Anyway, here is some quick advice to get you started:
Don’t focus too much on originality. It has all been done before, and as we’ve already mentioned, great ideas are usually variations of old ones. Don’t go for completely new; remember that you have to first be inside the box in order to think outside of it.
Don’t stress it. Staring at a screen, trying to come up with a killer idea isn’t always best practice. Go for a walk or get some exercise. Studies show that you will be at your creative peak when you’re the least alert. If you’re a morning person you should try to come up with ideas in the evening for instance. Sometimes sleeping on it might be the best solution.
Mix it up. It’s all about psychological distance. Thinking of something in another way, maybe from the perspective of another person, will allow for great creative ideas. Thinking of something very concrete in an abstract way is another thing you can try – coffee isn’t just a hot beverage that keeps you awake throughout the day, it’s also an important part of the world economy and a great part of our culture.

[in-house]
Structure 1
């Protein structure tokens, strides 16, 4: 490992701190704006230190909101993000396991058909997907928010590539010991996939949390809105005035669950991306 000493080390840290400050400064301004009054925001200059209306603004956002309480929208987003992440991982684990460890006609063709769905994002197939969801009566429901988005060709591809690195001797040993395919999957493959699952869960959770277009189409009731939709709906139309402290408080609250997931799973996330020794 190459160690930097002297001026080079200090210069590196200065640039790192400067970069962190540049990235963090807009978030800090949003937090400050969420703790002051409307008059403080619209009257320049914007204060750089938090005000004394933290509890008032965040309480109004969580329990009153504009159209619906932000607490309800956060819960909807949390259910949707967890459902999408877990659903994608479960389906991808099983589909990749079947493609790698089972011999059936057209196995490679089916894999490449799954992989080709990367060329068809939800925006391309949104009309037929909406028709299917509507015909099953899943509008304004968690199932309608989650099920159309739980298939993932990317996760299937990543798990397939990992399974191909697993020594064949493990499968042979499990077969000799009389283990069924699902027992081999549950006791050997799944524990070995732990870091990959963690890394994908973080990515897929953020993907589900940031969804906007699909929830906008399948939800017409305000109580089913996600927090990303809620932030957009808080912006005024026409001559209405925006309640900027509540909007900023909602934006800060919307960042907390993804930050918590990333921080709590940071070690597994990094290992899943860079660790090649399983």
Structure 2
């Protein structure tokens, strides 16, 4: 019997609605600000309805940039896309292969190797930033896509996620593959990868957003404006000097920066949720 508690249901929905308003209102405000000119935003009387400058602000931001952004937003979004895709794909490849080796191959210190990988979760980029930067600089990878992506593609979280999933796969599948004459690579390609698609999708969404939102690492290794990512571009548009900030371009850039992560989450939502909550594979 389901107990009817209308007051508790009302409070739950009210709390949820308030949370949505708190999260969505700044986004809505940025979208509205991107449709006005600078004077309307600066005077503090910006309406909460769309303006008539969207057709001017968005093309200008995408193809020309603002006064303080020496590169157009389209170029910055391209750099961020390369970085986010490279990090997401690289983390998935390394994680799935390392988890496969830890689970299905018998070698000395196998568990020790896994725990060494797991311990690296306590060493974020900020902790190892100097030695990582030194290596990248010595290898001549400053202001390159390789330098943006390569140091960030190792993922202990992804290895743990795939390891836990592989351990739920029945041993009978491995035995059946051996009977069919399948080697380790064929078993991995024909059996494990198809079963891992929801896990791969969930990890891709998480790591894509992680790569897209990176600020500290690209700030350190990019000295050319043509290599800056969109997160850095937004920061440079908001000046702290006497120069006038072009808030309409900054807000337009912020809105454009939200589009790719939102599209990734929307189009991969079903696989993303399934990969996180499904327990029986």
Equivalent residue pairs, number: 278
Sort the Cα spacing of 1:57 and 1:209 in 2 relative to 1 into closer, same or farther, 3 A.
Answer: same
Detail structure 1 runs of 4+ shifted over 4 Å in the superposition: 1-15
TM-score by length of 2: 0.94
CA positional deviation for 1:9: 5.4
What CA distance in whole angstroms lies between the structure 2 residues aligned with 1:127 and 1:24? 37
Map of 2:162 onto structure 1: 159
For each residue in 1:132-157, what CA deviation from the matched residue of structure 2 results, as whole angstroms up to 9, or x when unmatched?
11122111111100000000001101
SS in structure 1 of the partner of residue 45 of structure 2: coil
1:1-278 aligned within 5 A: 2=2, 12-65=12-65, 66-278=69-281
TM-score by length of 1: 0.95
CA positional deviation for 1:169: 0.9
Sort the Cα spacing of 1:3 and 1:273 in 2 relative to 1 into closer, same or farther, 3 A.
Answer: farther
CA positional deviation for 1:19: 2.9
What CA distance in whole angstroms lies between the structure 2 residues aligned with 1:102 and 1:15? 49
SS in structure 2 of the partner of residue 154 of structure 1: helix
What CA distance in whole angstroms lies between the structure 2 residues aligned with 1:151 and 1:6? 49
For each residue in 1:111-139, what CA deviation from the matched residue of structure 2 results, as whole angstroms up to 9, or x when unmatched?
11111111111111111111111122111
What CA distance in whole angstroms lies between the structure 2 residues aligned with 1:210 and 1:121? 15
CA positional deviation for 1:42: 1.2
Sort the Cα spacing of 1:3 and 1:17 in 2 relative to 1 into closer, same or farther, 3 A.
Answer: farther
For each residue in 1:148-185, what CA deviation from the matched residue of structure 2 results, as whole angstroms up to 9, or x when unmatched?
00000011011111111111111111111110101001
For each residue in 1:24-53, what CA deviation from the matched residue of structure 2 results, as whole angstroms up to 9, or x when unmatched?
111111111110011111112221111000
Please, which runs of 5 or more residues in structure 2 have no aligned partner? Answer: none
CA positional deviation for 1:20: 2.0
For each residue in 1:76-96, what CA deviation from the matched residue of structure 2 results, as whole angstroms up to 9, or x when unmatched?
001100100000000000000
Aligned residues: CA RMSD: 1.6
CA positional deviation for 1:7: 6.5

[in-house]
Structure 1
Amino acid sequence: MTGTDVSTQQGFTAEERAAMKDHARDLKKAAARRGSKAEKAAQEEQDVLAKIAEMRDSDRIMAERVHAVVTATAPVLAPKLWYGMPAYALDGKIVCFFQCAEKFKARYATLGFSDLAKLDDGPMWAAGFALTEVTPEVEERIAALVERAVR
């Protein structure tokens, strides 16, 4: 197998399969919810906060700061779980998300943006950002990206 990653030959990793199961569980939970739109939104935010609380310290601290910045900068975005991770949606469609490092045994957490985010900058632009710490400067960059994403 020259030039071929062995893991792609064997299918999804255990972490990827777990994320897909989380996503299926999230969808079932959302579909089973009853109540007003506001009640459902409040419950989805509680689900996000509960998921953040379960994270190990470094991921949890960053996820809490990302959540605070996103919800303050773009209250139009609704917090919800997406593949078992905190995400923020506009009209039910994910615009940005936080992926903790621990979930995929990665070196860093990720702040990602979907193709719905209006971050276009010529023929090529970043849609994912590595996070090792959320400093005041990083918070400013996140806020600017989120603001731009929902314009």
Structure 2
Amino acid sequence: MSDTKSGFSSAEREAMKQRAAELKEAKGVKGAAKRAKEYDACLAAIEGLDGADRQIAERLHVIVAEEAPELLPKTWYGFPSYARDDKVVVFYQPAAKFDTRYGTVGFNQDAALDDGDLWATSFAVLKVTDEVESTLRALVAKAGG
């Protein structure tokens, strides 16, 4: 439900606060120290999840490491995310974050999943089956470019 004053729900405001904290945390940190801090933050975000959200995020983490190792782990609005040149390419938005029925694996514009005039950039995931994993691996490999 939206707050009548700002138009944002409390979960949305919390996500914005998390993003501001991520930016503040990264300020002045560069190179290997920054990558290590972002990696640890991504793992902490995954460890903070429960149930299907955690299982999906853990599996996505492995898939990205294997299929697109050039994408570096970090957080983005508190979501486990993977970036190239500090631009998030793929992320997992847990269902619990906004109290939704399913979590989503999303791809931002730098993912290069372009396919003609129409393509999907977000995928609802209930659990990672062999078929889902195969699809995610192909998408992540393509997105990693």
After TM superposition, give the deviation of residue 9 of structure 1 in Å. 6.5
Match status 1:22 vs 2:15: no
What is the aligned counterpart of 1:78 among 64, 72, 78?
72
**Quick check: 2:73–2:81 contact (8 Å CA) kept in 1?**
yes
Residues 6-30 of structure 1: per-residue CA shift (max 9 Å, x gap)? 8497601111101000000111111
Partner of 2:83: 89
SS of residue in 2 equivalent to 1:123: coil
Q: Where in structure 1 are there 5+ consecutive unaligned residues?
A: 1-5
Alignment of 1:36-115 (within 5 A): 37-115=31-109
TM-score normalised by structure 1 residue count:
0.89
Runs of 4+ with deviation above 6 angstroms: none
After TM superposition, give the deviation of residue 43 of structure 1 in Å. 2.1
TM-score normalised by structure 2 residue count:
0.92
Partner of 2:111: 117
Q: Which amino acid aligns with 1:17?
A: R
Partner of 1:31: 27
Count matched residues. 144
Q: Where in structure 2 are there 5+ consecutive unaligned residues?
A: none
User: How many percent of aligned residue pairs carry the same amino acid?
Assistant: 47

The Message is brought to you by Tick Yes – providing solutions for all your digital and content marketing needs.
Image courtesy: chiefexecutive.net, crainerdearlove.com

Twitter’s Grand Design

So Twitter has been quite active recently. It’s what’s to be expected from a network of Twitter’s calibre; as a recently listed company they have quietly introduced a new profile pagedesign to a limited amount of users (a complement to an earlier redesign). As one of the top ten biggest social networks, it was only a matter of time before the little blue bird would make it into the stock exchange, thus constant updates are to be considered a necessity.